Playwright Geraldine Inoa’s stunning play “Scraps” is haunted by a character we never meet.
It’s 2014 and we’re on a stoop at the corner of Myrtle and Tompkins in Bed/Stuy Brooklyn. We’re a few feet away from where Forest Winthrop died … or maybe I should say was gunned down by police. Even though this happened three months earlier, it’s still wreaking havoc for those closest to him. We never meet Forest but we focus on those he left behind. There’s his friend who can’t seem to get his life together to get a job or his GED. There’s the single mom and five-year old boy he left behind. Her sister, who’s still having panic attacks. And finally another friend who’s back maybe to hook up with Forest’s ex - at least that’s what everyone’s worried about.
It’s a mess. Everyone’s pretty shaken. You see, Forest Winthrop was the promise of the neighborhood. He was the one who was going to get out. He was going to be huge, football star, as big and rich as Jay-Z.
For act one, we circle around these friends. It has a rough, edgy feel - a neighborhood drama that echoes Black Lives Matter in every dimension but the play packs a lot into a small space. While there is a clear villian - there aren’t easy answers and there are more dimensions to these characters than you might assume. The friend smoking the blunt without a job is reading “Dubliners”. One just finished his first year at Columbia and another, with some struggles, is at NYU. Just when you think you’ve got a handle on things, Ms. Inoa complicates the play.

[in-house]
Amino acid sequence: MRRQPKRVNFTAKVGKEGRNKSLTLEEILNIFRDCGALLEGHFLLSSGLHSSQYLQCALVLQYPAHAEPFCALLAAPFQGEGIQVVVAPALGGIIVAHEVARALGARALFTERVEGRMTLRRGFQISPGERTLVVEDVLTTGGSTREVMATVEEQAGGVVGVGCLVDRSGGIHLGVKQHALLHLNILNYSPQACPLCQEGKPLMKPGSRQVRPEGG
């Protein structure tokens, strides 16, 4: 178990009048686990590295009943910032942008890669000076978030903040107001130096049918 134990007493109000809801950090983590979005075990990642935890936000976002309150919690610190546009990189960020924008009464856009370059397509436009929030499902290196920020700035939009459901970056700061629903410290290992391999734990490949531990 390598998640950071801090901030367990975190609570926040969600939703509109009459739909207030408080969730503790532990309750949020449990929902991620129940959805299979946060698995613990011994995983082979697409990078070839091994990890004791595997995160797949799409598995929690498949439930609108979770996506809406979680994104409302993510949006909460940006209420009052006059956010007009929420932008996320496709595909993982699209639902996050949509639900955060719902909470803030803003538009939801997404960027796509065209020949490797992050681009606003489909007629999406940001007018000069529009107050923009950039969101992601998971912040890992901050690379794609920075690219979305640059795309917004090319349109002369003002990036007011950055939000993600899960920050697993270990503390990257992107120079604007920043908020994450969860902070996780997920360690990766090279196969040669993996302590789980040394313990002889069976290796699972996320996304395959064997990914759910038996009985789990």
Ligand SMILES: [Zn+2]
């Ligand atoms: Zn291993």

Then comes act two when it literally breaks apart.
Remember that 5 year old? The son of the dead man? He’s eight now and in act two we leave the haunted, gritty realism of that street corner for the terrifying nightmare landscape of his mind. Stylistically, it’s a completely different world, a sort of game show in hell where this boy is terrorized by the question of who was his father. Ms. Inoa goes from the specificity of that street corner to reveal a horrible inheritance that’s going to trap this fatherless boy and connect him to a longer, painful lineage.
This shift from act one to act two is jarring - as it should be. Structurally, it’s not entirely successful but emotionally it’s devastating.
What holds the play together is the remarkable ensemble of actors who go from giving subtle, nuanced performances in act one to over the top physically bold caricatures in act two. It’s like two different plays and it’s not an easy journey.
Ms. Inoa’s voice isn’t one you’ve heard in the theater before but if we’re going to make sense of racism and the violence against innocent black men - hers is an essential voice.
Don’t miss this powerful production.
“Scraps” plays at the Matrix Theatre in Hollywood through September 15th.